It’s the end of the year, and you’ve got some vacation days to burn.
Remember: This is a good thing. You don’t need weeks of uninhibited travel, or a tropical cruise, to sneak some R&R into your schedule.
“Vacation time is part of your compensation,” says Alison Green, the advice columnist behind the popular career blog, Ask a Manager. “There’s no use letting go of essentially free money just because you don’t have a two-week-long vacation planned.”
You’re probably not the only person at your office scrambling to “use or lose” time off — half of American workers will end the year with unused vacation — but there are plenty of ways to pepper in some leftover days before the end of the year.
Here are six suggestions.
Finish That Project
Free days are a good excuse to cross some personal projects off your to-do list. Maybe you’ve been meaning to clean out the garage, make a family scrapbook, or knock out your holiday shopping. Now is your chance to dive in.
“One year I took Wednesdays off for a few months to help plan for an event,” says Emily Elder, Practice Development Manager at the career consultancy RiseSmart. “I was energized during my work days and the disruption to my team and my work was minimal. It was fun.”
Step Up That Side Hustle
Do you have an Etsy shop, photo blog, or T-shirt store you’ve been neglecting? Take a few days to make it a priority. If you’re all caught up, think about how you could use the days to grow your business — maybe you could take an online course, network at a local Meetup, or borrow some small business books from the local library during your time off.
“I take a day off every other month or so and use at least half of the day to write blog posts, work on new courses, or plan for the quarter,” writes Jessica Williams, a business consultant and blogger. “And if you have paid vacation days, you’re essentially getting paid to work on your side hustle. Win-win.”
Donate Those Days
About 30% of employers allow workers to donate PTO to coworkers in need, according to a survey from the International Foundation of Employee Benefit Plans.
Ask an HR rep if your company has a donation policy, and what the ground rules are. Adding to a coworker’s sick leave, which can often be used to care for a sick relative, or to access domestic violence services, can be especially appreciated around the holiday season.
If your company doesn’t have a donation policy, consider using your leftover vacation to volunteer at a local charity. If you don’t have one in mind, LinkedIn’s “Volunteer Marketplace” can match your work experience with nearby opportunities.
“Your time, skills and expertise are incredibly valuable,” says Cammie Erickson, Senior Manager at LinkedIn for Good. “You should share them.”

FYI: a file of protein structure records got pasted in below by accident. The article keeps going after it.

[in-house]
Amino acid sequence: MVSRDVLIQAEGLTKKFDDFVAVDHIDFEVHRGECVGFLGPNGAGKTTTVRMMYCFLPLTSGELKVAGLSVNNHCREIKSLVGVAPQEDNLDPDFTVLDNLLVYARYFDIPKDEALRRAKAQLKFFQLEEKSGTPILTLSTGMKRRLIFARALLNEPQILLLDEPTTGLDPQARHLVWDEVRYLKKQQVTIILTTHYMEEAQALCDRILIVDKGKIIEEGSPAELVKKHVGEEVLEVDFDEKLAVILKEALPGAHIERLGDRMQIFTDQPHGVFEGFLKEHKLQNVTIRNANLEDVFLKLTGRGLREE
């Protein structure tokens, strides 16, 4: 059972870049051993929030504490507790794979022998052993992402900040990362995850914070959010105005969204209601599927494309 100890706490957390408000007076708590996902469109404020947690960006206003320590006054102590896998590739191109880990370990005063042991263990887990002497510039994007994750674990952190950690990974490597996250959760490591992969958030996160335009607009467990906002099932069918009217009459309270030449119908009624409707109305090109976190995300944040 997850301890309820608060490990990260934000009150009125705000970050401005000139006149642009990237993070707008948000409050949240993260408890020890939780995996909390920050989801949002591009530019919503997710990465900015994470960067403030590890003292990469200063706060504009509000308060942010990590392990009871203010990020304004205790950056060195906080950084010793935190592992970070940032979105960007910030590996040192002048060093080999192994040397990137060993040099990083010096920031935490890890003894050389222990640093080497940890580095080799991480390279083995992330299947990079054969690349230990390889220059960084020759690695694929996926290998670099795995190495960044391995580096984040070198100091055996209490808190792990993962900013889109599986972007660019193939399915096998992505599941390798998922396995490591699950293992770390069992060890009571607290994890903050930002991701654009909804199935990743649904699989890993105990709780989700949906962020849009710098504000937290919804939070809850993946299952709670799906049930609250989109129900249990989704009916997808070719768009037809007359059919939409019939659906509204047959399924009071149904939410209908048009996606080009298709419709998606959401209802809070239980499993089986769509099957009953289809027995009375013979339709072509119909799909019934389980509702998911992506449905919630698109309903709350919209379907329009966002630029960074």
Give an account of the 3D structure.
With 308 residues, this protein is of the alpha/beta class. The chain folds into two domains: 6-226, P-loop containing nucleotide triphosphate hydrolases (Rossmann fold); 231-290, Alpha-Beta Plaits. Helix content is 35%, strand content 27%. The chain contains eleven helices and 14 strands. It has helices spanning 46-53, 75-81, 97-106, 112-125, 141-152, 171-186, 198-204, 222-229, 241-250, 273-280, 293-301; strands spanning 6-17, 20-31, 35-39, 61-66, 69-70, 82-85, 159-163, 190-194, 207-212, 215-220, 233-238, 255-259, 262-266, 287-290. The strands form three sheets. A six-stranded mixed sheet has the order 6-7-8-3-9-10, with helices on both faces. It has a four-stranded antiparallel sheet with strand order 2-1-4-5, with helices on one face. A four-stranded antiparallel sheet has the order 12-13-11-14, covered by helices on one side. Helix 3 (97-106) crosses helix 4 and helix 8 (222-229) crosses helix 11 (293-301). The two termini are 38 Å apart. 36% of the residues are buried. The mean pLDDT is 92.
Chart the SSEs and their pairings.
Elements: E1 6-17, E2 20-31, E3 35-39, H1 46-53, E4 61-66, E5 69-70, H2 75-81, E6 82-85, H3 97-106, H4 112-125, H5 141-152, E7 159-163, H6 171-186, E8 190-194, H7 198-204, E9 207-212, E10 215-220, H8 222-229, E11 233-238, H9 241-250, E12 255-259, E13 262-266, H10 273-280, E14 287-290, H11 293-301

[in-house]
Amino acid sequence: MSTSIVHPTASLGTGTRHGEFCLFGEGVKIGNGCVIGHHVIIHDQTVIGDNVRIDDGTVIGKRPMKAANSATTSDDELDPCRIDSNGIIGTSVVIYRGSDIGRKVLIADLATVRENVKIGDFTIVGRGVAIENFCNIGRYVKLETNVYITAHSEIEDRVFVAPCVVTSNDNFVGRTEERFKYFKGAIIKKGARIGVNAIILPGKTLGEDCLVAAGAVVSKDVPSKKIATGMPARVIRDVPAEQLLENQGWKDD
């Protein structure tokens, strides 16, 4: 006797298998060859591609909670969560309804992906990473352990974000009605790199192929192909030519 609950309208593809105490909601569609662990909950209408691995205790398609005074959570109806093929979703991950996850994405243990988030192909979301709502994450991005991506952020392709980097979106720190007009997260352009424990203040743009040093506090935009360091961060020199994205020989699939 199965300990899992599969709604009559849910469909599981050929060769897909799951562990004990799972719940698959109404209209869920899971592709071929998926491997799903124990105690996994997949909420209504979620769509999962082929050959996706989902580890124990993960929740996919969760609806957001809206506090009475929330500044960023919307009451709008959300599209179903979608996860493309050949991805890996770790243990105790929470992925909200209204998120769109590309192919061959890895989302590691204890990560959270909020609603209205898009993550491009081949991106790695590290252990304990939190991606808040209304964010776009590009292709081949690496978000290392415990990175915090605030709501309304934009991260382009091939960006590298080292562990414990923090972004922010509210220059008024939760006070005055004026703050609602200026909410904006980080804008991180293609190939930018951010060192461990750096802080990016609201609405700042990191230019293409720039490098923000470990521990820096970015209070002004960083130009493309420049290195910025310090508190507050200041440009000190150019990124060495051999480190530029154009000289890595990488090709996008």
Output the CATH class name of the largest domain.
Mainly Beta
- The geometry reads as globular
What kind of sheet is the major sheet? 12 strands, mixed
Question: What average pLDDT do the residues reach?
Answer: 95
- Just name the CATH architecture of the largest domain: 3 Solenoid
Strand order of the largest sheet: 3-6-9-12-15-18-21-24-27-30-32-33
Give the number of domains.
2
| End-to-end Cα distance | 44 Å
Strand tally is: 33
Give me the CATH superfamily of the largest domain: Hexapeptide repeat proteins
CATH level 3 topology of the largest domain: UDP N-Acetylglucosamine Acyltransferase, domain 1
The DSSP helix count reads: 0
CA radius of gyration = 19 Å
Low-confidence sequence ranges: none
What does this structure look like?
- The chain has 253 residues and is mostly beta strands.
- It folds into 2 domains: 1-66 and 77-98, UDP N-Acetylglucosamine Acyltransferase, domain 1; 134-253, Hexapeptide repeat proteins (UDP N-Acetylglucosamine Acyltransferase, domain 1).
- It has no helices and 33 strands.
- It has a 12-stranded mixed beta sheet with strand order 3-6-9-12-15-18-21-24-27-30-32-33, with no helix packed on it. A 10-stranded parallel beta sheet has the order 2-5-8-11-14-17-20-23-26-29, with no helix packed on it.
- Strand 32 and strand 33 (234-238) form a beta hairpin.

Have a Staycation
Take a long weekend, set your out-of-office message to “away,” and pretend you’re a Real Housewife for a few days.
To truly staycate, you’ll want to abandon as many responsibilities as you can. So even if you plan on just bumming around, tell the dog walker to come anyway, and send the kids to daycare. Then, go to brunch with friends, take a yoga class, or read a book cover to cover.
“There’s nothing wrong with taking a day to watch Netflix,” Green says.
Pretend You’re on a Real Vacation
You don’t need to visit a national park to go camping, the Autobahn to take a road trip, or the Louvre to see some great art. Small-scale excursions are cheap, stress-free, and take next to no planning. Camp in your backyard, road trip to a neighboring state, or spend a day in a museum you’ve never visited — anything that feels new but doesn’t require a plane ticket or an overnight hotel stay.
Elissa Herman, an advisor for the Chicago-based Travel 100 Group, calls these “mini-cations.”
“Treat yourself to seeing all your town has to offer that you never get a chance to experience,” she says.
Throw a Hail Mary and Ask for a Rollover
Even if your company doesn’t usually let employees carry leftover vacation time into the next year, there’s a chance your boss will make an exception.
If you’ve stockpiled vacation because you haven’t been able to step away from a project, or it’s the busiest time of the year for your team, gently remind your manager.
“The framing is, ‘I’m doing the right thing here, I’m being conscientious, so can we adjust the timing?’” Green says.
After you get your boss’s blessing, it’s probably a good idea to get it in writing, she adds.
“Sometimes there are miscommunications, or your boss leaves and a new manager has other ideas,” Green says. “Send them a quick email confirming what you agreed to, so you have it in writing, but it doesn’t feel like you’re shoving a contract under their nose.”